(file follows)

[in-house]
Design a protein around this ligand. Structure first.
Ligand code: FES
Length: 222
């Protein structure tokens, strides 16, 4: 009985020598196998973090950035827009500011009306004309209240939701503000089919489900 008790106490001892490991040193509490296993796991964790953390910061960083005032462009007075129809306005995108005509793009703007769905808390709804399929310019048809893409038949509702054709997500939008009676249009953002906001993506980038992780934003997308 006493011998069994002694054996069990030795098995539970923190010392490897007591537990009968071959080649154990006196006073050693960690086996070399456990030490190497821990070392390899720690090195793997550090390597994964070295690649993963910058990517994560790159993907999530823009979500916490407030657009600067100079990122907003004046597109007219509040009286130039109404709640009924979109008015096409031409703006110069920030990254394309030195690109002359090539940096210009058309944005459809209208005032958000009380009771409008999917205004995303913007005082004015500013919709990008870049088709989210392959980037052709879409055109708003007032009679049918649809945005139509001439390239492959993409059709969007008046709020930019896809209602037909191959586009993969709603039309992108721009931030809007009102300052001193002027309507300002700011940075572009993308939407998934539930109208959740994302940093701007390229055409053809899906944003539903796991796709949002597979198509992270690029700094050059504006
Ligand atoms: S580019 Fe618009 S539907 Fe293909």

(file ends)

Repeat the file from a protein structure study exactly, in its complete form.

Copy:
[in-house]
Design a protein around this ligand. Structure first.
Ligand code: FES
Length: 222
């Protein structure tokens, strides 16, 4: 009985020598196998973090950035827009500011009306004309209240939701503000089919489900 008790106490001892490991040193509490296993796991964790953390910061960083005032462009007075129809306005995108005509793009703007769905808390709804399929310019048809893409038949509702054709997500939008009676249009953002906001993506980038992780934003997308 006493011998069994002694054996069990030795098995539970923190010392490897007591537990009968071959080649154990006196006073050693960690086996070399456990030490190497821990070392390899720690090195793997550090390597994964070295690649993963910058990517994560790159993907999530823009979500916490407030657009600067100079990122907003004046597109007219509040009286130039109404709640009924979109008015096409031409703006110069920030990254394309030195690109002359090539940096210009058309944005459809209208005032958000009380009771409008999917205004995303913007005082004015500013919709990008870049088709989210392959980037052709879409055109708003007032009679049918649809945005139509001439390239492959993409059709969007008046709020930019896809209602037909191959586009993969709603039309992108721009931030809007009102300052001193002027309507300002700011940075572009993308939407998934539930109208959740994302940093701007390229055409053809899906944003539903796991796709949002597979198509992270690029700094050059504006
Ligand atoms: S580019 Fe618009 S539907 Fe293909």